October 18, 2021

Ankle injuries can lead to future arthritis pain

Sponsored Content from Cayuga Health

By Alec Macaulay, MD

Arthritis involves degeneration of the cartilage in a joint and can cause pain and stiffness in the joint. The pain is often described as an aching pain and can worsen if left untreated. Most people are familiar with arthritis that affects the back, neck, hips, knees, or hands, but may be unaware that the same degenerative disease can affect the ankles as well.

When you stand, the ankle joint supports your entire body weight. Your knee and hip joints also support your body weight, but they distribute the load over larger joint areas. Gait studies have shown that the ankle joint bears the force of up to five times your body weight when you walk. As you age, the combination of stress and the complex joint anatomy put the ankle at risk for arthritis. Almost half of people in their 60s and 70s have arthritis of the ankle, foot or both.

What causes ankle arthritis?

Ankle injuries greatly increase the risk of developing ankle arthritis, even many years after the injury. Nearly 80 percent of people with ankle arthritis report a prior ankle injury or injuries, usually an ankle fracture or bad ankle sprain(s). Ankle arthritis that develops after a significant injury is referred to as post-traumatic ankle arthritis. Some other causes of ankle arthritis are rheumatoid arthritis, psoriatic arthritis and other generalized joint diseases.

What are the symptoms of ankle arthritis?

Many patients have pain or stiffness at the ankle, oftentimes making it difficult to walk. The pain may be periodic, sometimes occurring after activities such as jogging that add stress to the ankle joint. Other symptoms may include joint swelling and tenderness when pressure is applied to the joint.

How is ankle arthritis treated?

There is no cure for arthritis, but there are treatments that relieve the pain and disability it can cause. Early treatment of ankle arthritis is usually nonsurgical. If these nonsurgical measures do not provide enough pain relief then surgery may be an option.

What are the non-surgical treatments?

Switching from high-impact activities like jogging to lower impact activities like swimming can minimize the stress on your ankle and reduce pain. Weight loss also reduces stress on the joints, lessening pain and increasing function.

Physical therapy may help increase the joint’s range of motion and flexibility, strengthen muscles and reduce pain. Canes, fitted ankle braces and special shoes can all minimize pressure on the ankle and decrease pain. Nonsteroidal anti-inflammatory drugs, such as ibuprofen and naproxen, can help reduce swelling and relieve pain. Cortisone injections can provide pain relief and reduce inflammation, but the effects are usually temporary.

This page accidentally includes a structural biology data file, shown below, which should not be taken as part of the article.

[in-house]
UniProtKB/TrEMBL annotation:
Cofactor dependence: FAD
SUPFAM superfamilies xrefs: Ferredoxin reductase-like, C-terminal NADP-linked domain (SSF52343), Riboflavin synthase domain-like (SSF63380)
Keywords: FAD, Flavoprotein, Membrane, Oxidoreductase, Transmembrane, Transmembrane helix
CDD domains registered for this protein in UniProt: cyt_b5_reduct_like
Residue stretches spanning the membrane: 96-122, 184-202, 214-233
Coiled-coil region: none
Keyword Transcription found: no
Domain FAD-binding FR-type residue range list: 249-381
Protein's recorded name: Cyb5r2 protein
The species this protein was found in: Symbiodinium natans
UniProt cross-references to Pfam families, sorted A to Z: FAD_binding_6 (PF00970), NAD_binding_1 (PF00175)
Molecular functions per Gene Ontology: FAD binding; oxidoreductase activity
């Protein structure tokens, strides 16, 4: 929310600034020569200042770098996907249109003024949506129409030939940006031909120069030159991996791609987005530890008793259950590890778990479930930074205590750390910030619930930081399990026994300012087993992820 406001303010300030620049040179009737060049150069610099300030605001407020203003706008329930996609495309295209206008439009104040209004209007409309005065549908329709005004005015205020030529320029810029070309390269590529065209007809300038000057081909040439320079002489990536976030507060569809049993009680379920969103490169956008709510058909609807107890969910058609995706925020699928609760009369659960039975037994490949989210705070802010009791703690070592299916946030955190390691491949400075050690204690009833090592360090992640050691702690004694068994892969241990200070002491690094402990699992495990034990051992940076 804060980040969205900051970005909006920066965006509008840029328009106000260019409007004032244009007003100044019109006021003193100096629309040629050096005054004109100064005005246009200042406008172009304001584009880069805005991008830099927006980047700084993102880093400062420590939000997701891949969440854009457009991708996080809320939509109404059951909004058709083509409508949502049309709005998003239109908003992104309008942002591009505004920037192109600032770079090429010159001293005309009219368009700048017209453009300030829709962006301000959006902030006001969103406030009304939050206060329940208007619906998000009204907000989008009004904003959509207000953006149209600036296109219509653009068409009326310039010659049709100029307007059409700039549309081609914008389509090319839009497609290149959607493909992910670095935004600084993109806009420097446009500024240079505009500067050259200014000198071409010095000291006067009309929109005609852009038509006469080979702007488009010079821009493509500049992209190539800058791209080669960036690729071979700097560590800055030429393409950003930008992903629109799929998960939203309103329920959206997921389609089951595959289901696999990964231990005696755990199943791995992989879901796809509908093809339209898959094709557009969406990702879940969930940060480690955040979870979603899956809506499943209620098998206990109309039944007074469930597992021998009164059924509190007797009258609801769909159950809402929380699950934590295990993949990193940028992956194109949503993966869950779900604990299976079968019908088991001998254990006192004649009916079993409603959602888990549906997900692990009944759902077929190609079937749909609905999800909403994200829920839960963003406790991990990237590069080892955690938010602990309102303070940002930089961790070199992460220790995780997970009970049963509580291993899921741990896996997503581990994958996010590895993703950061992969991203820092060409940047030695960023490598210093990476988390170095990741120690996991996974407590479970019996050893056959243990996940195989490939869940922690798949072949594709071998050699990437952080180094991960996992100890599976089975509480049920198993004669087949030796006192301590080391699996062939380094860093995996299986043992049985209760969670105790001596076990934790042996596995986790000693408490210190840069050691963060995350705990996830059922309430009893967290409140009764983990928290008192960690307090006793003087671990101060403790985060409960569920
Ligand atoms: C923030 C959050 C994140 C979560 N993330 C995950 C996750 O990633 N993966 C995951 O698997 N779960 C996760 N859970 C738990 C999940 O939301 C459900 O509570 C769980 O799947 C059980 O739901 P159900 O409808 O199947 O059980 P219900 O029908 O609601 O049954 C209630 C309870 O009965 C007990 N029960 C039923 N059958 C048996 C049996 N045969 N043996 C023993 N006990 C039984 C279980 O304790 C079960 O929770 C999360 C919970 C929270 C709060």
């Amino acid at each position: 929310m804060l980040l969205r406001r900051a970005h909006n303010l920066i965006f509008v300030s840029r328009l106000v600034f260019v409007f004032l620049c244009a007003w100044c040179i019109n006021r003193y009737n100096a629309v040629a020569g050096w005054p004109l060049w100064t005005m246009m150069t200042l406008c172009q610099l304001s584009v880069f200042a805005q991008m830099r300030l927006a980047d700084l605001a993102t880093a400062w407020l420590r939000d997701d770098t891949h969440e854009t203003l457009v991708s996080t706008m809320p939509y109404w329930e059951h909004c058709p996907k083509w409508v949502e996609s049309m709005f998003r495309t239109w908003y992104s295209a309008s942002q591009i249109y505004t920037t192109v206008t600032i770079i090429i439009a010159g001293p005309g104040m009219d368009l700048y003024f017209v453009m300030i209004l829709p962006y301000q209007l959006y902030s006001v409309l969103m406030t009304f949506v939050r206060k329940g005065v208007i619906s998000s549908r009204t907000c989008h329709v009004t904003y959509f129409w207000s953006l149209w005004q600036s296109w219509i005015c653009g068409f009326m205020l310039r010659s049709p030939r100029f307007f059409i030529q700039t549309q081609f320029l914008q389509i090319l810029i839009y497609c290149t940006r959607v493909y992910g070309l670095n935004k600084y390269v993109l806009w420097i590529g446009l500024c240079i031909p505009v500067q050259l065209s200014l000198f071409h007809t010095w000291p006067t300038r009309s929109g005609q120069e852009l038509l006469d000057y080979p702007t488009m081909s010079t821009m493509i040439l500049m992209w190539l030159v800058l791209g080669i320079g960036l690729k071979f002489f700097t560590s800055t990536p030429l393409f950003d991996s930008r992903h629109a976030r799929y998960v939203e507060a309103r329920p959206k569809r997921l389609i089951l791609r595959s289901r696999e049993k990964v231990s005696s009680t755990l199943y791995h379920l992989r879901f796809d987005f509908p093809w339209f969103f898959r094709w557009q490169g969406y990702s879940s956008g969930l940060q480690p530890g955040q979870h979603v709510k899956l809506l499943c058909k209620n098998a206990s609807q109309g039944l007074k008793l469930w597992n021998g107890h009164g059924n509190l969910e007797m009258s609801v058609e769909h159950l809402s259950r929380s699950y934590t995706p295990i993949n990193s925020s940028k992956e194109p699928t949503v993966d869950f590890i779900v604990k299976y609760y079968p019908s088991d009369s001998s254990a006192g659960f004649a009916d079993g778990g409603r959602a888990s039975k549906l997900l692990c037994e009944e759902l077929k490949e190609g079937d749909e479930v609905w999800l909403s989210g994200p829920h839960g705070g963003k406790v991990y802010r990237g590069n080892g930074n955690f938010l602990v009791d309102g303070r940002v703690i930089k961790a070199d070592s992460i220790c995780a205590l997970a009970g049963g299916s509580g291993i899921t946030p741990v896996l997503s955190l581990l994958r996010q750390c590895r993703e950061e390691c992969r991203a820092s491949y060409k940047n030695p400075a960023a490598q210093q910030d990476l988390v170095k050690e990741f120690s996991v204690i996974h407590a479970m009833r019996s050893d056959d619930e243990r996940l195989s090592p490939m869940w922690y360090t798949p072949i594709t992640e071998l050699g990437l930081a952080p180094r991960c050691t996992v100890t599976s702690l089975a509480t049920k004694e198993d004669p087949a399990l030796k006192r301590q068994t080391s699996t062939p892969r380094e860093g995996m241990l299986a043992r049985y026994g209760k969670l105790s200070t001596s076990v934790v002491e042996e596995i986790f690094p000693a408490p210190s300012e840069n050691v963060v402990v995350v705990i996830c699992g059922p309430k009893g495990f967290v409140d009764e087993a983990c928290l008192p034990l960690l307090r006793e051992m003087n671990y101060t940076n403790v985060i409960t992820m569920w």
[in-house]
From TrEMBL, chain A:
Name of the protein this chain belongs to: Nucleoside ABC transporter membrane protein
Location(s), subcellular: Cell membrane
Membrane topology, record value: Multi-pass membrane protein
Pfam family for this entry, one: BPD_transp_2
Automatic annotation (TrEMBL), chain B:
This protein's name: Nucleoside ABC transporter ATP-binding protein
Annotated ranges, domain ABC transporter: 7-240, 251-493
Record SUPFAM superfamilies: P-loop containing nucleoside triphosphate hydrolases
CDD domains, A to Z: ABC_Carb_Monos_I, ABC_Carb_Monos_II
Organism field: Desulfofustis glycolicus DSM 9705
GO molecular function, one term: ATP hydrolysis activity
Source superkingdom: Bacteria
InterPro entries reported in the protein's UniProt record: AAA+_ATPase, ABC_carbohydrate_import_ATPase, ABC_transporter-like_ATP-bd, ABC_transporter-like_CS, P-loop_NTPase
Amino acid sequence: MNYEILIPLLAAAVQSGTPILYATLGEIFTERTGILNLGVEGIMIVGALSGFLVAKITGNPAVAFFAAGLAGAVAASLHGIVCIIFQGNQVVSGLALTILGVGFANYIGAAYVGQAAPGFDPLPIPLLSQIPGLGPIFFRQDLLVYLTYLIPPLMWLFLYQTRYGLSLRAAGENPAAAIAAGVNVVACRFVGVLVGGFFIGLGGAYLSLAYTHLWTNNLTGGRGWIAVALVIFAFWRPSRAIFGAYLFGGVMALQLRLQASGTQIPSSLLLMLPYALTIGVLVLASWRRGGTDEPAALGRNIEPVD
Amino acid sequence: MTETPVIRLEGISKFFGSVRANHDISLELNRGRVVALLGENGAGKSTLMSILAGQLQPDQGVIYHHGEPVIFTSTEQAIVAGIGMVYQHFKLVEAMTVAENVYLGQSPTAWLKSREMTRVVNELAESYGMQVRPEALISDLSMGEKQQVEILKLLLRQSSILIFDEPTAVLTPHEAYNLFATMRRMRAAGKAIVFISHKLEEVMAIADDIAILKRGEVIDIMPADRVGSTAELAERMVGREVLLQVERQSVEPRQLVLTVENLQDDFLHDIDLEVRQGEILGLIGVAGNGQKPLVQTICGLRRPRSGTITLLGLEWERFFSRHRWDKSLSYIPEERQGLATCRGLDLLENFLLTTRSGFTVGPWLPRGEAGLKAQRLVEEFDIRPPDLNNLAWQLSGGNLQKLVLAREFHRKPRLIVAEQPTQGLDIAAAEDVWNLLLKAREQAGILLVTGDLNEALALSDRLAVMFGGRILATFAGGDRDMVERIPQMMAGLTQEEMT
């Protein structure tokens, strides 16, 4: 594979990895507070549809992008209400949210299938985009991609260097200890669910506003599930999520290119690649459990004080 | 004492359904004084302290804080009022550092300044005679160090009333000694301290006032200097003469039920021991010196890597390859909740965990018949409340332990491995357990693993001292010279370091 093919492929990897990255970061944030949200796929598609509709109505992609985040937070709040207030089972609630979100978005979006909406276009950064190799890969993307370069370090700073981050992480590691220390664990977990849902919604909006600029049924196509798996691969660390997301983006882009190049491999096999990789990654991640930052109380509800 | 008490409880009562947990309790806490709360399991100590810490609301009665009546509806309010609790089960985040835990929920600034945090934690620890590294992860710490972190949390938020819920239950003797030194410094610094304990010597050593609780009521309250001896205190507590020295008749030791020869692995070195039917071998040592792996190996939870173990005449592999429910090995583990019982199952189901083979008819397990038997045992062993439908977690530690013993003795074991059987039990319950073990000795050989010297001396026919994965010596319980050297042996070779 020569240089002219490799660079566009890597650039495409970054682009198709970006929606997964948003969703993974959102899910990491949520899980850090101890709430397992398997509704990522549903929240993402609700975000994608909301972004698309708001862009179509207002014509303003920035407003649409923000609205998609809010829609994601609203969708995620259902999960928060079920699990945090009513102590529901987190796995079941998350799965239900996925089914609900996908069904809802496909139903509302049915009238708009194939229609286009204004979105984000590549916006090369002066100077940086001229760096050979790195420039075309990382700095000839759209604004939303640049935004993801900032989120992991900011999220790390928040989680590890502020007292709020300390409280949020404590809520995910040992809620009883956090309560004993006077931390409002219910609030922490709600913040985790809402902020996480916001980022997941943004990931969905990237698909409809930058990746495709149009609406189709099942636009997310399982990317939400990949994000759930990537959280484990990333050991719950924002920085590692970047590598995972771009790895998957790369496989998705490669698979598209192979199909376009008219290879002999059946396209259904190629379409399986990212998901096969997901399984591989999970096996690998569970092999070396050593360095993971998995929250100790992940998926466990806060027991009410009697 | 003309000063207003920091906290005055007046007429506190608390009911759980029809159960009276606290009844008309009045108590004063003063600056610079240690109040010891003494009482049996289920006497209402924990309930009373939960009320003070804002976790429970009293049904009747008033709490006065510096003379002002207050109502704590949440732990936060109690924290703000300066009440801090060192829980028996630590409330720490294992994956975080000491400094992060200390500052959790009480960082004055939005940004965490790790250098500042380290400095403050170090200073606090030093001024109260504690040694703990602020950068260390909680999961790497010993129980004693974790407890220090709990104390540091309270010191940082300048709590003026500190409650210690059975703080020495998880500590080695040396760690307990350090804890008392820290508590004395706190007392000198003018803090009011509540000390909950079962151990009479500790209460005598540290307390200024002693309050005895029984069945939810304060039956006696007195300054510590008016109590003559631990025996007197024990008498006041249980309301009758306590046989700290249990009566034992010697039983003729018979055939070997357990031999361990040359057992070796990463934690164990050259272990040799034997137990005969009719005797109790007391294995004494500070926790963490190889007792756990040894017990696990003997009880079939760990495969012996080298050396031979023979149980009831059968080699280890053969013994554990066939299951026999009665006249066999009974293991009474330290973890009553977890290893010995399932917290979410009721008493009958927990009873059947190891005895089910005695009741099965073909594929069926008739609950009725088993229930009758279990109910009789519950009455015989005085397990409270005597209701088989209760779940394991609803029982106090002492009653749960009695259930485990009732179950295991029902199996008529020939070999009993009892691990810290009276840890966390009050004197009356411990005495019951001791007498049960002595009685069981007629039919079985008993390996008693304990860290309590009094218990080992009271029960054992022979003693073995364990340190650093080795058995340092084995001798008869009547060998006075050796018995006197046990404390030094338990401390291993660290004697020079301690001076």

Again, these treatments do not “cure” the arthritis, but can make the symptoms more tolerable.

What are the surgical treatments?

When nonsurgical treatments do not provide sufficient relief, surgery may be an option.

In the early stages of ankle arthritis, arthroscopic surgery may be used to remove loose cartilage, inflamed tissue and bone spurs from around the joint. In this procedure, a tiny camera is inserted through an incision at the ankle. The camera allows the surgeon to guide miniature surgical instruments to the surgical site. Arthroscopic surgery is most effective when the pain is due to contact between bone spurs. Removing the spurs can reduce pain and allow for more flexibility in the joint.

Another procedure, called an ankle arthrodesis or ankle fusion, fuses the bones of the ankle joint together and reduces pain by removing the arthritic joint altogether. The joint is fixed in a permanent position with screws or plates. Over time, the bones heal together, eliminating the joint and the pain.

An alternative surgical option to an ankle fusion is a total ankle replacement. An ankle replacement involves removing the arthritic joint and replacing it with a metal and plastic prosthetic joint. This is similar to hip and knee replacements. The innovative treatment called ankle arthroplasty is performed at Cayuga Medical Center and a future Health Watch will examine that procedure in more detail.

Dr. Alec Macaulay is an orthopedic surgeon with Cayuga Orthopedics and serves on the medical staffs of Cayuga Medical Center and Schuyler Hospital. His clinical interests include both the surgical and non-surgical treatment of athletic injuries, arthritic conditions and musculoskeletal trauma. He specializes in surgery of the knee, ankle and foot and can be reached at (607) 272-7000.